SF Giants Fully Armed For A Showdown With the San Diego Padres

The San Francisco Giants made two important trades this week, just prior to a critical three game home series this weekend with the first place San Diego Padres. By obtaining infielder Mike Fontenot from the Cubs and outfielder Jose Guillen from Kansas City, the Giants address three critical needs in preparation for their drive to the 2010 playoffs: a power bat in the outfield, a shortstop/infielder with range who can also hit, and a much needed power upgrade at first base.

mikefontenotMike Fontenot brings range and athleticism to a Giants infield currently dominated by older and less agile players. In his six years with the Cubs, Fontenot played 247 games at second base, 63 games at third, and 8 games at shortstop. He will likely spend time at shortstop with Edgar Renteria injured again, but we may also see Fontenot eventually grab a lot of game time at second base if Freddie Sanchez continues slumping.

Fontenot, 30, was picked 19th in the first round of the 2001 amateur draft by Baltimore, who traded him to the Cubs in 2005 for Sammy Sosa.

Mike Fontenot was batting .282 with 20 RBIs and a .330 OBP with the Cubs. The Giants gave up Single A centerfielder Evan Crawford of the Augusta (GA) Greenjackets, who was hitting .255 with 64 runs, and a 24-9 stolen base record. Since the Giants’ first two picks in the 2010 first year player draft were highly touted outfielders with speed (Gary Brown and Jarrett Parker), Crawford was expendable.

On Friday, the team announced that veteran slugger Jose Guillen had beenjoseguillen2 picked up from Kansas City for a player to be named later. SF Chronicle beat writer Henry Schulman reported the Giants will play $250,000 of Guillen’s $12 million 2010 salary; Guillen, 34, was in the last year of a three year $36 million deal with KC and was the team’s every day DH. This season, he’s batting .255 with 62 RBIs, 16 home runs and a .743 OPS (to compare, Pablo Sandoval has a .726 OPS).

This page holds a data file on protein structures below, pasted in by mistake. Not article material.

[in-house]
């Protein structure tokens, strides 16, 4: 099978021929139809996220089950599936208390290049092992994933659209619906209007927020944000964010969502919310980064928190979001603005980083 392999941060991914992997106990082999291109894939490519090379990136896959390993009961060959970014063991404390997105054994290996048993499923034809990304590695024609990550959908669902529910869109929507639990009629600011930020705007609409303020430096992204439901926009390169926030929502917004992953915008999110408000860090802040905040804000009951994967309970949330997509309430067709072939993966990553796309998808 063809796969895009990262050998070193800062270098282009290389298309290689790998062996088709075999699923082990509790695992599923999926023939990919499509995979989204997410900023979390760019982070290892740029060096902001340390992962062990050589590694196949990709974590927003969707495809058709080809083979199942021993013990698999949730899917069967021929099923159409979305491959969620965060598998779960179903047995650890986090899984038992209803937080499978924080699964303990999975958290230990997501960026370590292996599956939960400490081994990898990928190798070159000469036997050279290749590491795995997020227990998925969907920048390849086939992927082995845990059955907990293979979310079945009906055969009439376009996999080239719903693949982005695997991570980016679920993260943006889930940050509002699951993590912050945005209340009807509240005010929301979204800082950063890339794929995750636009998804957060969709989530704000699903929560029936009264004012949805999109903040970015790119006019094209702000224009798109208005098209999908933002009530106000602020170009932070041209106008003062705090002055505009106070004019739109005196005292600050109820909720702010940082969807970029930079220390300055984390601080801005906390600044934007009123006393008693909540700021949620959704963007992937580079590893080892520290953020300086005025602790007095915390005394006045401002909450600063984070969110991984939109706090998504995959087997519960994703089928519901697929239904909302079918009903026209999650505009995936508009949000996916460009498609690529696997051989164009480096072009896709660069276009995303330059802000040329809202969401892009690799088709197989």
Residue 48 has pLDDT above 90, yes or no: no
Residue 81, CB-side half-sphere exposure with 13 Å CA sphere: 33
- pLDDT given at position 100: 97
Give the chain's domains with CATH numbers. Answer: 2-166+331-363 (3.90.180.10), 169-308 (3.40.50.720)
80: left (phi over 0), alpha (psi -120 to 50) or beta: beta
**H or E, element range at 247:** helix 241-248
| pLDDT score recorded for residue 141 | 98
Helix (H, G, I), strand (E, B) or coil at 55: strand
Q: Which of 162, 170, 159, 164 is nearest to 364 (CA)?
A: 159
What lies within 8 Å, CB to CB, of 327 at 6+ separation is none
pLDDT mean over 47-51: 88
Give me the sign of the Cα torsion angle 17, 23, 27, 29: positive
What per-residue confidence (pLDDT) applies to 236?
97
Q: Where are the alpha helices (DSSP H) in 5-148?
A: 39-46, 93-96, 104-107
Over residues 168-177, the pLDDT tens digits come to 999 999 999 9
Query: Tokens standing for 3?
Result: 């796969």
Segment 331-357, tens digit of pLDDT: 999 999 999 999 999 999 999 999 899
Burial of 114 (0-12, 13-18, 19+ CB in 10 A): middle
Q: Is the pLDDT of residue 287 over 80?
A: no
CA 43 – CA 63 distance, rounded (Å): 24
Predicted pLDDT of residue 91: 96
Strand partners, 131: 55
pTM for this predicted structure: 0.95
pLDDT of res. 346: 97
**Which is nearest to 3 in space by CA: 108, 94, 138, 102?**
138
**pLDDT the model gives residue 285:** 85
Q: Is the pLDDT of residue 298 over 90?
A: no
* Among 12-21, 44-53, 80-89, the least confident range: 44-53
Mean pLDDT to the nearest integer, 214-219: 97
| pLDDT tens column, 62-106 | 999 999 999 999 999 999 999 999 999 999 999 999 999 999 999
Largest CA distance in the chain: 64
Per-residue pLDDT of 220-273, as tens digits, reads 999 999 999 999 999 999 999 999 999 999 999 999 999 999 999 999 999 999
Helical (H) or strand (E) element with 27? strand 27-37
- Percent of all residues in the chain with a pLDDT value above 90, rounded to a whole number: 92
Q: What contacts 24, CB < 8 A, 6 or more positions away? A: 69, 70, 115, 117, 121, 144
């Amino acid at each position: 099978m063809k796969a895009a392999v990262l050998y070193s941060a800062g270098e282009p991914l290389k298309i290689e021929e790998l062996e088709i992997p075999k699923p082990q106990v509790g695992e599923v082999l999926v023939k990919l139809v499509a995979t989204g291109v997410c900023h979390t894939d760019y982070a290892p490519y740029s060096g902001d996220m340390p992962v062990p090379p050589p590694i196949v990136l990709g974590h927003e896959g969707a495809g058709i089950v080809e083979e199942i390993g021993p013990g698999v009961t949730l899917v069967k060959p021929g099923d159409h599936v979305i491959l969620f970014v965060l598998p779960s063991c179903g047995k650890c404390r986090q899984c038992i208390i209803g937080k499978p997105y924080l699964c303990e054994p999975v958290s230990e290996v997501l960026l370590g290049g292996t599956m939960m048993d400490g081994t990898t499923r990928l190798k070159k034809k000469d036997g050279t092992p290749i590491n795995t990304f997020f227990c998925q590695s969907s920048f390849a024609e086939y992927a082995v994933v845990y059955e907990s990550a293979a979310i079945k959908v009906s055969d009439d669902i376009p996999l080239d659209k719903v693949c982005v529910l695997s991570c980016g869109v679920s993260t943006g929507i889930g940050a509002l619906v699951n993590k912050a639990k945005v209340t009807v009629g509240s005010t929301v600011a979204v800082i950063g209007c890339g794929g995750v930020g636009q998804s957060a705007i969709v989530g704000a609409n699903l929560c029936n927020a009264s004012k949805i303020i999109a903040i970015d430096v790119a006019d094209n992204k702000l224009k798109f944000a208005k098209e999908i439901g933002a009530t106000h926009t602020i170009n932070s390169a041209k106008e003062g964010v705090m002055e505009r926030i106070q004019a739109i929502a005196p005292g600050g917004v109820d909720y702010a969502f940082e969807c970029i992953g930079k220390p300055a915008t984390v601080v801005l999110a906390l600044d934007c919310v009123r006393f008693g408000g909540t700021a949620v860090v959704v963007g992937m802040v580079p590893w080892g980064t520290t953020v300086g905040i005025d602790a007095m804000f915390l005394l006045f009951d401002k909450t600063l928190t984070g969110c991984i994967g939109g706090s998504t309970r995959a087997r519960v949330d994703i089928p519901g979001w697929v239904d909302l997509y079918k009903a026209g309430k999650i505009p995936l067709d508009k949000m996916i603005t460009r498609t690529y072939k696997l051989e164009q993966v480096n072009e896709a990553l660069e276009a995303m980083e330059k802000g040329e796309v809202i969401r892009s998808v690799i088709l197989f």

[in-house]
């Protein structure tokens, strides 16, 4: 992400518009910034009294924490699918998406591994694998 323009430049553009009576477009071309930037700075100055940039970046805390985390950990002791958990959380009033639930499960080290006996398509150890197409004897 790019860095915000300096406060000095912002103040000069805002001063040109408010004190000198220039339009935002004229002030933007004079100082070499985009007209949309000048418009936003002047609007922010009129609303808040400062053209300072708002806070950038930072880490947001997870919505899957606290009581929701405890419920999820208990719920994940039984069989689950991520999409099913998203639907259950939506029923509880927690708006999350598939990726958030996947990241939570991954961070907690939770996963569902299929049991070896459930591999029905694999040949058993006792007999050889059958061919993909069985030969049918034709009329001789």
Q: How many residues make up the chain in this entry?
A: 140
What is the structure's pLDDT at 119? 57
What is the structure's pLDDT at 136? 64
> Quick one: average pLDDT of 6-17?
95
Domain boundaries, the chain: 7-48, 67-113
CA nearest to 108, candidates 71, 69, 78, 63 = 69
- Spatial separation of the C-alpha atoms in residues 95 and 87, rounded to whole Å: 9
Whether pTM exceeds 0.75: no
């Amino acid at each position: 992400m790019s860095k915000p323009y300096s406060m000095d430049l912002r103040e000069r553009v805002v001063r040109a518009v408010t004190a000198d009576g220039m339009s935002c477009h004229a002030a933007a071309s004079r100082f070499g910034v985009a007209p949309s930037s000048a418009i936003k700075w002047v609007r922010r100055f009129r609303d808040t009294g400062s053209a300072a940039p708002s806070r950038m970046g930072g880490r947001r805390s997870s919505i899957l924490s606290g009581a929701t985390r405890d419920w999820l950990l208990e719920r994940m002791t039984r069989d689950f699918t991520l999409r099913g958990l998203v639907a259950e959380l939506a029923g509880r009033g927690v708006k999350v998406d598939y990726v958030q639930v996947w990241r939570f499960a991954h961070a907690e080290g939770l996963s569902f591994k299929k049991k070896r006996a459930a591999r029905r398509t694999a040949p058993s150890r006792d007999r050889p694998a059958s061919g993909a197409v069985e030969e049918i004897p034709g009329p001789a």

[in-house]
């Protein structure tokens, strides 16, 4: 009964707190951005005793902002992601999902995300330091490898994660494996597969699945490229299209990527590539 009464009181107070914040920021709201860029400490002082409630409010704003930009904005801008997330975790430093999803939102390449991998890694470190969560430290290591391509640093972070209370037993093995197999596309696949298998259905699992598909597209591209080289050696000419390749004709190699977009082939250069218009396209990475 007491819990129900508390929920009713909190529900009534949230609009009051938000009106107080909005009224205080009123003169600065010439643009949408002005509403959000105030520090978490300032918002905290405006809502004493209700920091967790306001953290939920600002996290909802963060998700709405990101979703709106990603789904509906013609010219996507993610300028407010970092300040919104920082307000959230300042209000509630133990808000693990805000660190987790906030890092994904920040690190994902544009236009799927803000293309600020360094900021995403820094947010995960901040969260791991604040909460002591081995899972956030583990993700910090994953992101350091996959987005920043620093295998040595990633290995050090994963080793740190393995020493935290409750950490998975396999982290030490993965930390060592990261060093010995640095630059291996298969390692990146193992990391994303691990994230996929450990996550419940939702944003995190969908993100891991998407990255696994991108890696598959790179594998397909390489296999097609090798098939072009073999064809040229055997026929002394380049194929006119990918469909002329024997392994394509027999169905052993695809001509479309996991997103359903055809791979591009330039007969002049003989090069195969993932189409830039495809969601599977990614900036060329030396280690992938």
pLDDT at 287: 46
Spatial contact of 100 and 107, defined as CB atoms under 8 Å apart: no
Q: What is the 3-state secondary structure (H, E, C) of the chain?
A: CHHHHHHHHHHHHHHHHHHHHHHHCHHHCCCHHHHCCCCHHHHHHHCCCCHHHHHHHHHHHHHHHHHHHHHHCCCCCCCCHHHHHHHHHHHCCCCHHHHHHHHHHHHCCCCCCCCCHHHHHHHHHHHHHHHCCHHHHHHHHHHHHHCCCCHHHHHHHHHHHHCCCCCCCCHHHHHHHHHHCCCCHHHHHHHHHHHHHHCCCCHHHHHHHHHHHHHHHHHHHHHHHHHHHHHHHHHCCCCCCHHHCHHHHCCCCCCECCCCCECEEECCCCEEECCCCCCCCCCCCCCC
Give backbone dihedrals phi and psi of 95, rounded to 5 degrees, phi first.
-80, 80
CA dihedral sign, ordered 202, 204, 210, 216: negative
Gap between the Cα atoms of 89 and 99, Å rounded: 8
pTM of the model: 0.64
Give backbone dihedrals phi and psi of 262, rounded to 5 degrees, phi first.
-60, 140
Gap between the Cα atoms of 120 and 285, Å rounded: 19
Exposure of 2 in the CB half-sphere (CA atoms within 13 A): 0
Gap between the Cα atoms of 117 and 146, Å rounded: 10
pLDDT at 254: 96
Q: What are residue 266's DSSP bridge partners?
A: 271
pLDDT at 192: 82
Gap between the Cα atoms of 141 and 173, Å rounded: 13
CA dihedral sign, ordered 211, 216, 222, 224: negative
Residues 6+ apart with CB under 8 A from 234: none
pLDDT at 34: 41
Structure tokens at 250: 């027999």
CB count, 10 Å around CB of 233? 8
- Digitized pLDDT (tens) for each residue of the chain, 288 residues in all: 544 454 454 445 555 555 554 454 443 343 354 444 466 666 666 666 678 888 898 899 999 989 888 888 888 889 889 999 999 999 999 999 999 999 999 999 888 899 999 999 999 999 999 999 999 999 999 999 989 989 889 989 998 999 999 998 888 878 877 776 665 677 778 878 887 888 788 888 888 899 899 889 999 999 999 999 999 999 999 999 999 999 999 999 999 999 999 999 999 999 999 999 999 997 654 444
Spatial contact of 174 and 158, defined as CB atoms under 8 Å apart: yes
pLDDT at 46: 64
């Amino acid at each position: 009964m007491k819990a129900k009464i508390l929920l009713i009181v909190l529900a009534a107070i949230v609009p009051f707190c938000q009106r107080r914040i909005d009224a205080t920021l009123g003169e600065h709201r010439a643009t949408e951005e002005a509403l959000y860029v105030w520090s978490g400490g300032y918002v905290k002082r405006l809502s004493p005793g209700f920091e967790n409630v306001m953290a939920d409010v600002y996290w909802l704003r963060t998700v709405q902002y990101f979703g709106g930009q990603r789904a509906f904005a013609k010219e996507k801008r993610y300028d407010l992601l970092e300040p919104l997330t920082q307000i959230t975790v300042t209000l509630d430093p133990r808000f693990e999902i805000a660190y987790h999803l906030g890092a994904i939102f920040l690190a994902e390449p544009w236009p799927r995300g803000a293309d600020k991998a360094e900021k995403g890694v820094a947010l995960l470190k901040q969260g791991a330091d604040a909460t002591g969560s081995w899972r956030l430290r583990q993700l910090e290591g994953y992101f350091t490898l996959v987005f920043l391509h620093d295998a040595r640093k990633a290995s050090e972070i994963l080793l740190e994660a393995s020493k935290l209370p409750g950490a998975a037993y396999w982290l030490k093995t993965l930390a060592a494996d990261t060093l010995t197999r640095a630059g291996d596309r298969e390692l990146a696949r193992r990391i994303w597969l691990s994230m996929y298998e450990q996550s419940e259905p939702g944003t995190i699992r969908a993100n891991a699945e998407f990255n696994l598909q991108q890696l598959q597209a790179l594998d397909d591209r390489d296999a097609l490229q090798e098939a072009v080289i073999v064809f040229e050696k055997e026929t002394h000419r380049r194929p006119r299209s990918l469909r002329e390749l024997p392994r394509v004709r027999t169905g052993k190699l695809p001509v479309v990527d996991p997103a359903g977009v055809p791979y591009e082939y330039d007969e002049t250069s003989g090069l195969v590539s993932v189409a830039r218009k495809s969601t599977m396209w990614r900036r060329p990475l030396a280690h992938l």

Jose Guillen has a much-discussed reputation as a disruptive force in the clubhouse, possibly explaining why he has played for an amazing ten MLB teams in 13 years. His best year was 2004, for the LA Angels, when he drove in 104 RBIs and hit 27 home runs. Guillen will join the Giants Saturday August 14th.

There is no question that San Francisco got Guillen to be an every day starter, and he will be the team’s permanent right fielder. More importantly, the Giants not only added potential offensive power in the outfield, Guillen’s acquisition allows Aubrey Huff to move to first base every day, which provides a significant offensive upgrade at first. For the first time in many years, the San Francisco Giants have a power hitting first baseman.

If the team keeps Travis Ishikawa, he will revert to being a pinch hitter (a role at which he has had some success this year), and a late inning defensive replacement (although Huff has done a great defensive job at first and his bat and glove will not be automatically pulled out of any game).

The Giants front office has finally put the team in a position to win games offensively. A line-up featuring Andres Torres, Buster Posey, Aubrey Huff, Jose Guillen, Pat Burrell, and Pablo Sandoval has the potential to do serious damage to National League pitching the last 46 games of the season.

The Giants team that compiled a 1-7 record against the Padres earlier this year is gone. When the San Diego Padres bring their National League-leading 67-46 record to AT&T Park this weekend, the revamped Giants have a chance to go face-to-face with the big dog on the block, and make a definitive statement about whether or not they belong in the National League playoffs.

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